On the other hand, the disciplined person has a plan and sticks to it. They might have a job they go to every day, or they might have a business they’re trying to grow. They’re constantly working towards their goals, even when they don’t feel like it. As a result, their life is focused and purposeful. And while they may not have the same freedom as the undisciplined person at the moment, in the long run, they are much more free because they are in control of their own lives.
“The test is not a complex one: when the alarm goes off, do you get up out of bed, or do you lie there in comfort and fall back to sleep? If you have the discipline to get out of bed, you win—you pass the test. If you are mentally weak for that moment and you let that weakness keep you in bed, you fail. Though it seems small, that weakness translates to more significant decisions. But if you exercise discipline, that too translates to more substantial elements of your life.”
Willink said that leadership is not a rank… it’s an approach. He explained that there are three types of people in the world: plants, zombies, and leaders. Plants just go through the motions day-in and day-out. Zombies are people who are going through the motions but are checked out emotionally. Leaders are emotionally invested and committed to their team and the mission.
He went on to say that communication is so important because it enables leaders to efficiently convey their vision to their team so that everyone is on the same page. Lastly, he explained that discipline is key because without it there is no real structure or order. Leaders need to be able to maintain discipline in order to achieve their goals.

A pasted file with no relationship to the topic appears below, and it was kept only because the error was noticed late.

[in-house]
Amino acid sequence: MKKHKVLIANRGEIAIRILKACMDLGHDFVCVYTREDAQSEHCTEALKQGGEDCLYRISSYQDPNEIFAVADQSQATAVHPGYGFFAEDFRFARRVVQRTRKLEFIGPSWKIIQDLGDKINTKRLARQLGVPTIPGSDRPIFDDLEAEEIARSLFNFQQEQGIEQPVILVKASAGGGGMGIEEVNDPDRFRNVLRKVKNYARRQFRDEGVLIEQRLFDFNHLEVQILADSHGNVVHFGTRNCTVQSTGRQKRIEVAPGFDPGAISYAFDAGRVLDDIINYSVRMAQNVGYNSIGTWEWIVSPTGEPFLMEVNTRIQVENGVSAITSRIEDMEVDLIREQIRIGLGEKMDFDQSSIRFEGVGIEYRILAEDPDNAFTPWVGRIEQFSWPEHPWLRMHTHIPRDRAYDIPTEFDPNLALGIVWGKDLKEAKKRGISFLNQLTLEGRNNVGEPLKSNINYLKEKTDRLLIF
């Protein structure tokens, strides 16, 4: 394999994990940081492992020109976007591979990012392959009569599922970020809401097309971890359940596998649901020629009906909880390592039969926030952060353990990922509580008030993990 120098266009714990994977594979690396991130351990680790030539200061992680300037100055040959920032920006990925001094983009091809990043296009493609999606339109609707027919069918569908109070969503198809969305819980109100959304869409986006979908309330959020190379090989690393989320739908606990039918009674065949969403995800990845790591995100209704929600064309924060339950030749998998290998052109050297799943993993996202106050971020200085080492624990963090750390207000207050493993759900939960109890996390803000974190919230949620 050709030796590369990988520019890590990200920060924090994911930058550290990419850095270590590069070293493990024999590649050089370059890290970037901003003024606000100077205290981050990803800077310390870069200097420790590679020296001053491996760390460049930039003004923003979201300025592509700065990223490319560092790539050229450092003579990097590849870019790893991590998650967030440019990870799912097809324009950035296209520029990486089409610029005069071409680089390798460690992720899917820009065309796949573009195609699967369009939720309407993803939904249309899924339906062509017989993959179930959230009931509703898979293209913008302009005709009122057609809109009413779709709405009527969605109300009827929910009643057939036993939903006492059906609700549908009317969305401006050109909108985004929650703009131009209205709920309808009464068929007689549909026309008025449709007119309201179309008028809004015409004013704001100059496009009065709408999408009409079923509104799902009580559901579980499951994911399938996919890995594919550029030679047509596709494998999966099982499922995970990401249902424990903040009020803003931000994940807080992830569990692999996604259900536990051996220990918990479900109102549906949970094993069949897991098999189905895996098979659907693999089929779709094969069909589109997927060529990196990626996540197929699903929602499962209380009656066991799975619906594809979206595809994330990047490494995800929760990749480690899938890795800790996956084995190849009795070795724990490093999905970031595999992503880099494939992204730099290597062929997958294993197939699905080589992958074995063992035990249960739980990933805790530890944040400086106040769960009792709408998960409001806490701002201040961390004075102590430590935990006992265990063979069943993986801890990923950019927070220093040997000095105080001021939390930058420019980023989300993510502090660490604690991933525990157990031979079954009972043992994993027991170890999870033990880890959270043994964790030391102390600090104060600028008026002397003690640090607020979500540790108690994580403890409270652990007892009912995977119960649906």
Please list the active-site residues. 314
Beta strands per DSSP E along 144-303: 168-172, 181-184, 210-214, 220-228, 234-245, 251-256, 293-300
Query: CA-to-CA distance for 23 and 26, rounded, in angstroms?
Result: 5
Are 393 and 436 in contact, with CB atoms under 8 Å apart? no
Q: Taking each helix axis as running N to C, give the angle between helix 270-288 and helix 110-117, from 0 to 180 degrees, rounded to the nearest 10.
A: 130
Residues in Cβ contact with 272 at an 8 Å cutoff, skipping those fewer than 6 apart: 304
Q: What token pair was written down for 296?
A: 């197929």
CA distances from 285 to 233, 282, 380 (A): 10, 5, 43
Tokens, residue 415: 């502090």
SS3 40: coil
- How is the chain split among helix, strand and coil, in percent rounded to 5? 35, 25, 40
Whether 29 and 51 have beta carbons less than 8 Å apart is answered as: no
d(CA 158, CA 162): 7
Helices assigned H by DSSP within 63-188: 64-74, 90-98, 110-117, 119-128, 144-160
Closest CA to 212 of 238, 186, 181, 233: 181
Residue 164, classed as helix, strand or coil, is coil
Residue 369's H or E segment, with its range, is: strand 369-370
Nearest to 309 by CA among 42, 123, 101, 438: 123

“Leaders should never be satisfied. They must always strive to improve, and they must build that mind-set into the team. They must face the facts through a realistic, brutally honest assessment of themselves and their team’s performance. Identifying weaknesses, good leaders seek to strengthen them and come up with a plan to overcome challenges. The best teams anywhere, like the SEAL Teams, are constantly looking to improve, add capability, and push the standards higher. It starts with the individual and spreads to each of the team members until this becomes the culture, the new standard. The recognition that there are no bad teams, only bad leaders facilitates Extreme Ownership and enables leaders to build high-performance teams that dominate on any battlefield, literal or figurative.”
Should I read It?
If you want to be truly free, you need to be disciplined. It may not seem like it at first glance, but it’s the only way to live a focused and purposeful life. So if you’re feeling lost or uncertain of what you should do next with your life, remember this principle from Jocko Willink: “Discipline equals freedom.” And then, take the first step towards creating a more disciplined lifestyle for yourself.
Buy it. Read it. Live it.
I might be able to learn to manage?
“We laugh at people who still use Windows 95, yet we still cling to opinions that we formed in 1995.”